It’s not all business at Iowa JSHS, though. Research is a collaborative experience, so we work to foster a sense of community. Students in attendance have the opportunity to meet trained researchers, from undergraduates to professors, during presentations and University lab tours. They also have a chance to get to know other high school student researchers through meals together, swimming in the hotel pool, and even a trivia night! Students tell us that they value developing friendships with peers from other districts who are also interested in STEM and research. In these ways, Iowa JSHS invites students to actively participate in their newfound community.

While you are planning for next year, be sure to consider how implementing student research into your classroom can help your students reach the goals you have for them. (Bonus: It also aligns wonderfully with the new Next Generation Science Standards [NGSS] and helps students develop 21st-century skills!) It doesn’t have to be a huge endeavor – students can mine open data sets that already exist, find a problem to solve on their family farm, or work with a local expert. Whatever their project, we guarantee that you will see growth in leaps and bounds.

2019 Iowa JSHS student researchers

For more on Iowa JSHS, visit belinblank.og/jshs or contact jshs@belinblank.org.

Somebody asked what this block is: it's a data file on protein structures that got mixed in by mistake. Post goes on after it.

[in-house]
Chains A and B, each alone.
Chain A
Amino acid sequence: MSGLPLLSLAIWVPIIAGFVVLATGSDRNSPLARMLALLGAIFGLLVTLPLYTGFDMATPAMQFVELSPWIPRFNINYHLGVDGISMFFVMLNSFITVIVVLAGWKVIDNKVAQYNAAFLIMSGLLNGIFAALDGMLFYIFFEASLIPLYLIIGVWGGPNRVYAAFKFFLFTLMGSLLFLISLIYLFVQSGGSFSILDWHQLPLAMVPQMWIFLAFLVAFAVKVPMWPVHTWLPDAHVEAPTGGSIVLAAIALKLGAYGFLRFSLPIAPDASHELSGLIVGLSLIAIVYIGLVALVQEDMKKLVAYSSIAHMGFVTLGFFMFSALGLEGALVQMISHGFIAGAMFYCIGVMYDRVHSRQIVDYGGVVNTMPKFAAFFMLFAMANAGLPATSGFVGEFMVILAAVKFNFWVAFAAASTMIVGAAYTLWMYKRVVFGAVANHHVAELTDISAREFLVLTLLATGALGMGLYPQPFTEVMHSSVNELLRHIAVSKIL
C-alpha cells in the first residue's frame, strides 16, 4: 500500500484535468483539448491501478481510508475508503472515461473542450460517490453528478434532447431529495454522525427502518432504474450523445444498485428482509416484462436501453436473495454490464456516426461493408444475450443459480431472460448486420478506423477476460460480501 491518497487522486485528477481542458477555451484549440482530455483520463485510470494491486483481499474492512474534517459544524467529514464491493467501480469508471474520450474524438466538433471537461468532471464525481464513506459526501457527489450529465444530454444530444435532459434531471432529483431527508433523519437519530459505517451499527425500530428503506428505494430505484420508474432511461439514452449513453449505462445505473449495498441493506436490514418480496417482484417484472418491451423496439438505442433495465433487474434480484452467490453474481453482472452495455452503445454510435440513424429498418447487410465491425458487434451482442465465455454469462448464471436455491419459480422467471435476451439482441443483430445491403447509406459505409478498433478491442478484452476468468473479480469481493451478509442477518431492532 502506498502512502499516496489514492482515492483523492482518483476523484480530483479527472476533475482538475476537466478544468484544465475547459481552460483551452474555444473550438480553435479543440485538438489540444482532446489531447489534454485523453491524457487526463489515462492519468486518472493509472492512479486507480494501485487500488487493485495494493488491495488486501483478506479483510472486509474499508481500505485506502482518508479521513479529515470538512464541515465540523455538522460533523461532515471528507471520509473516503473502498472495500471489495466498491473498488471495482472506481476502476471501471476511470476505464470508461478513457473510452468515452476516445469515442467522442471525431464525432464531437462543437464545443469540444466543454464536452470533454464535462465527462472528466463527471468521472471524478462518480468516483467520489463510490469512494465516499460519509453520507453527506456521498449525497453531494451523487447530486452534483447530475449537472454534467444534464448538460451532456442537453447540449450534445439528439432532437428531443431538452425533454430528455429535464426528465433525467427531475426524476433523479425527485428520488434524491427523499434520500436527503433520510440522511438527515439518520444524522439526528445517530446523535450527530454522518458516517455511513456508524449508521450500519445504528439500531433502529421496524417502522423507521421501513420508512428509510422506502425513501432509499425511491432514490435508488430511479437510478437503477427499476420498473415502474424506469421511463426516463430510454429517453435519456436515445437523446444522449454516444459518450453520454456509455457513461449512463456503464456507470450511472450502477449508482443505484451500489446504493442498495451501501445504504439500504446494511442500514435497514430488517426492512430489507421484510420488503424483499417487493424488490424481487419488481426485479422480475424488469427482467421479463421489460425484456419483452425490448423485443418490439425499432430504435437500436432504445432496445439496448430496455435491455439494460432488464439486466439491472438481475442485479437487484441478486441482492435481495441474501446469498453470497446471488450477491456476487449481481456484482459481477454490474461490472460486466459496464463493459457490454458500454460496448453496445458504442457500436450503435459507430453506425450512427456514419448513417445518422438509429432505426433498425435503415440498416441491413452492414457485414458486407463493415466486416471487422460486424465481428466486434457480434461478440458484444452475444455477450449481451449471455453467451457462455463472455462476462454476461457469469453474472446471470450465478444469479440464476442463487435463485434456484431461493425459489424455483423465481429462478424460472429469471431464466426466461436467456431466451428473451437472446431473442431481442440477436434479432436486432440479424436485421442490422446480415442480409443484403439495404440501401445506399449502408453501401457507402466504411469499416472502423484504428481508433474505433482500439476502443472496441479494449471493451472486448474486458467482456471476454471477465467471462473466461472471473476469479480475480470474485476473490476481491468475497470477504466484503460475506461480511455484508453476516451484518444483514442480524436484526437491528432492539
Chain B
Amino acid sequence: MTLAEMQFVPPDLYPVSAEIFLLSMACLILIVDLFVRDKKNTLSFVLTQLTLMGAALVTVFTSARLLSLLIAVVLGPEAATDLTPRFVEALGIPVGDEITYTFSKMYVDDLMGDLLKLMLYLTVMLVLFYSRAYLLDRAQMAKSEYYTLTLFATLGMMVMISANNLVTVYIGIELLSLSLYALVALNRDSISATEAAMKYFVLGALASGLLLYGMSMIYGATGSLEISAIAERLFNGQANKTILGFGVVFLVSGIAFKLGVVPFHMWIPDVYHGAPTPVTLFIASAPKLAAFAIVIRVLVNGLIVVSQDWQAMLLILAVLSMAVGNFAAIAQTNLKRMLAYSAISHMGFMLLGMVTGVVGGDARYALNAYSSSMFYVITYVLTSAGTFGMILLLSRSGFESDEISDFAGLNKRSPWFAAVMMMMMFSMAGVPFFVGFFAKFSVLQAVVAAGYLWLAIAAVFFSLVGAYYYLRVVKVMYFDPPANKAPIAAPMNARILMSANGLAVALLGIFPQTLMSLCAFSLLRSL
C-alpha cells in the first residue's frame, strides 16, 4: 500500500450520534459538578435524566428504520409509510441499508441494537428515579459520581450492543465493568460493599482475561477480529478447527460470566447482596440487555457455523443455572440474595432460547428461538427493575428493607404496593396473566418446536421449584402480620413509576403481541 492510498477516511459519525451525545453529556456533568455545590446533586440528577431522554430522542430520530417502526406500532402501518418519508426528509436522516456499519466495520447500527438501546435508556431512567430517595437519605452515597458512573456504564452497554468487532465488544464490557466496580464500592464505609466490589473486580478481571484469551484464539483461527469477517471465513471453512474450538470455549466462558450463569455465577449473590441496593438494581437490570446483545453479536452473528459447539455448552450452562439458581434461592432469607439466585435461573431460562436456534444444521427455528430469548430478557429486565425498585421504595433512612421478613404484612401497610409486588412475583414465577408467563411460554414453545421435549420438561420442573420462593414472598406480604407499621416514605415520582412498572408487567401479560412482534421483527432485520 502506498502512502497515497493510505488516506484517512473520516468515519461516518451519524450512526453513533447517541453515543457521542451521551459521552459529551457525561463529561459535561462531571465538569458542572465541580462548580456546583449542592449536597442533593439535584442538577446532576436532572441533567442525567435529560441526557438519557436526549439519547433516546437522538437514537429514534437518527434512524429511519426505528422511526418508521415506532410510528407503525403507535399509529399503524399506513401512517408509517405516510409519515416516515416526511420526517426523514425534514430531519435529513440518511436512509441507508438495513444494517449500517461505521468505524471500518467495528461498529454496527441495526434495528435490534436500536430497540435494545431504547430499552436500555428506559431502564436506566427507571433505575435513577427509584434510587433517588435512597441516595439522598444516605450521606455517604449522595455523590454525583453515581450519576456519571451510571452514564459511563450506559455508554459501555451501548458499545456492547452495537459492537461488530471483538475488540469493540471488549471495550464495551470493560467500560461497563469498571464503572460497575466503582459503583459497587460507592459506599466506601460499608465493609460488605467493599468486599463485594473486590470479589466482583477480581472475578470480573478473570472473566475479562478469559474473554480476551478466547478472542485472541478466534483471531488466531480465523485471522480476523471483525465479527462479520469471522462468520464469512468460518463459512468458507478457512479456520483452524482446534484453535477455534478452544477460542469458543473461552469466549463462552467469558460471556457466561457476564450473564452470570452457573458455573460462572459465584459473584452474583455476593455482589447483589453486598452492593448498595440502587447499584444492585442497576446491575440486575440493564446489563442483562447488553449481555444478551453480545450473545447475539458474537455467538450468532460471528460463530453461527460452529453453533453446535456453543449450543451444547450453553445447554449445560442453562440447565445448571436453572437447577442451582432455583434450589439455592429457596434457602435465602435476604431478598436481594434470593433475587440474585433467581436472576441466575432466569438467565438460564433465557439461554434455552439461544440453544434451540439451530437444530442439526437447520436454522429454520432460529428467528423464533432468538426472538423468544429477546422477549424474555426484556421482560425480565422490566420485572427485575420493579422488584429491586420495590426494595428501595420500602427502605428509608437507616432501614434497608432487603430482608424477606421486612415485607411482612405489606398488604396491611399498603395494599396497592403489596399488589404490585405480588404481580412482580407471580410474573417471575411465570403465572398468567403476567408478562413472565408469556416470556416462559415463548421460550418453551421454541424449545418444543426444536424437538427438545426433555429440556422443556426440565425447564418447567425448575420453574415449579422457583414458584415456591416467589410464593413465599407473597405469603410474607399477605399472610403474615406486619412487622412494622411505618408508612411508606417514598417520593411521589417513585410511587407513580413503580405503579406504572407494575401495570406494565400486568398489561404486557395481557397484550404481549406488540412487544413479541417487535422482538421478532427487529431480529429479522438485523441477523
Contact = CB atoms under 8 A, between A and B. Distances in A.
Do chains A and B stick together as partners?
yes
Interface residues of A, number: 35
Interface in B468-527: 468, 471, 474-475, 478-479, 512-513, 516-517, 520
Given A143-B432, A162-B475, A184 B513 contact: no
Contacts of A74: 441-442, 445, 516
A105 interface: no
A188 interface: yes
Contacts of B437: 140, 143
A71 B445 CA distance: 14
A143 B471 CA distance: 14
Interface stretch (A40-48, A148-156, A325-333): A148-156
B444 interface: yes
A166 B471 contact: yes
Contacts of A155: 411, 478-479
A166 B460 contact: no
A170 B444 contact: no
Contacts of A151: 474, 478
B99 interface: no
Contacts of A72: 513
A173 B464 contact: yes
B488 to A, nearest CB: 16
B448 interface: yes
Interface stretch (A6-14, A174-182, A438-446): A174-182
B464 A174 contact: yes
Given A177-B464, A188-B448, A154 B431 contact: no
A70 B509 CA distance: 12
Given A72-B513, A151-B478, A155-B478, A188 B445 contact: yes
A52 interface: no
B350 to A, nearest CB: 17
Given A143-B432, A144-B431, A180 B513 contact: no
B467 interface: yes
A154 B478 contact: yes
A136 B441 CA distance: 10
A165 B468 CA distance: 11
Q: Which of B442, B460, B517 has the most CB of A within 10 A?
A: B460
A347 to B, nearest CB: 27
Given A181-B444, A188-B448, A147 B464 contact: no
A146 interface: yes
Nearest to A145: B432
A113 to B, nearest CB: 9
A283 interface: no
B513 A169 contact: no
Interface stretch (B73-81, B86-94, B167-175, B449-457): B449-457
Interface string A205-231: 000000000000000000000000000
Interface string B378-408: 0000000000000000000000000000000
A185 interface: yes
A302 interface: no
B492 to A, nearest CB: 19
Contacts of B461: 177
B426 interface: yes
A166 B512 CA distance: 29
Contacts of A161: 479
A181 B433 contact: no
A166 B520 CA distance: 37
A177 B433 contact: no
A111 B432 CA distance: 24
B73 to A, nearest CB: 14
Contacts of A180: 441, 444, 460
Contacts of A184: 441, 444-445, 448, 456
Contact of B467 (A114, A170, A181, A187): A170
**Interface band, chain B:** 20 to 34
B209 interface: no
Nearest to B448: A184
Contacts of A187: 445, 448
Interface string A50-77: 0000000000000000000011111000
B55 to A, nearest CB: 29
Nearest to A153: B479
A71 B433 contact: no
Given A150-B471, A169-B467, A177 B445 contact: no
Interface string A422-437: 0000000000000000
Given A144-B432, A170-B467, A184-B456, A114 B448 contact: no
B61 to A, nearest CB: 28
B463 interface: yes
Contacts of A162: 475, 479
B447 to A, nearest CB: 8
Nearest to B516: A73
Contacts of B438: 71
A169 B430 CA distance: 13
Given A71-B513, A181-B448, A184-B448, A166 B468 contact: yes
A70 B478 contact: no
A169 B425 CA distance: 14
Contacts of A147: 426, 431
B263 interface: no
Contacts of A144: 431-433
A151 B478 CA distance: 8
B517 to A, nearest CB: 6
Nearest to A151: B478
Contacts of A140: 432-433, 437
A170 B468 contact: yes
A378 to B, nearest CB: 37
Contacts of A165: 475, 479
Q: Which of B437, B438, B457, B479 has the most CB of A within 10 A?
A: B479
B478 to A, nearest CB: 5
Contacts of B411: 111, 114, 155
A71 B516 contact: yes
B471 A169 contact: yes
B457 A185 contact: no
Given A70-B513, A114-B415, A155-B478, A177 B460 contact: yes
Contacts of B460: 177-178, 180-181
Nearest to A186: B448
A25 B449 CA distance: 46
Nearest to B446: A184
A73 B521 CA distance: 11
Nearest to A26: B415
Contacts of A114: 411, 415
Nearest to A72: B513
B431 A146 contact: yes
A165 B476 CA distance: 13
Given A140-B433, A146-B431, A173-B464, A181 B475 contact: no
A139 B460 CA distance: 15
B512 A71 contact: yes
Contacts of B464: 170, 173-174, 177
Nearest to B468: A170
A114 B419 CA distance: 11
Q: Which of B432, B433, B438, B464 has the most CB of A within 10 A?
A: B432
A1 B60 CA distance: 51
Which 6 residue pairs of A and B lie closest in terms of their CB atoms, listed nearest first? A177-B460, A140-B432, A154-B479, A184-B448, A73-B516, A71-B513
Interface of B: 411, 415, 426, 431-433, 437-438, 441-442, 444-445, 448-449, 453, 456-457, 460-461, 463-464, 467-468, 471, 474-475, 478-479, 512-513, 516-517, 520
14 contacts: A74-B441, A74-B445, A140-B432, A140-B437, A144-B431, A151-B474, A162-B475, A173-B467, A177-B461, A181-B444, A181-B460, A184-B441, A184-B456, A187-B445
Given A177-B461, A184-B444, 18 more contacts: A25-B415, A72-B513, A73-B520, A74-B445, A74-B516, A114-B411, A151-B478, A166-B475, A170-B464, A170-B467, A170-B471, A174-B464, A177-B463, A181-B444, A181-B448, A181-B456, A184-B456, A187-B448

Invent Iowa Showcases Student Inventors Statewide

On April 15, the Belin-Blank Center hosted the 2019 Invent Iowa State Invention Convention. It was a day full of energy and excitement as young inventors from schools across Iowa advanced from their local invention conventions to the state competition. We were pleased to see so many creative solutions to the everyday problems that students noticed in the world around them!

Our generous sponsors included McKee, Voorhees & Sease, P.L.C. and Integrated DNA Technologies. Representatives from each – Christine Lebron-Dykeman and Mark Behlke, respectively – delivered keynote presentations to inspire Iowa’s next generation of innovators. Fourth-grader Manasvi Devi Reddy from the Linn-Mar Community School District won the McKee, Voorhees & Sease, P.L.C. Agricultural Invention Award for her “Environmental Saver.” Her invention uses farming by-products to make paper, thereby reusing discarded materials and reducing the number of trees being cut down.

Inventors competed in two divisions: Kindergarten – 5th grade, and 6th – 8th grade. Winners qualified to compete next month at the National Invention Convention at the Henry Ford Museum in Dearborn, Michigan. The Belin-Blank Center awarded first place winners from each division an expense-paid trip to the national competition.

Quill Orth (Lewis Central Community School District), last year’s winner of the 3rd – 5th grade division, went on to compete at the National Invention Convention, where he won the 3M Innovative Materials Award for his “Hotspot Chicken Insulating Cream,” which prevents frostbite on chickens’ combs. Quill shared his story and words of congratulations and encouragement with this year’s inventors.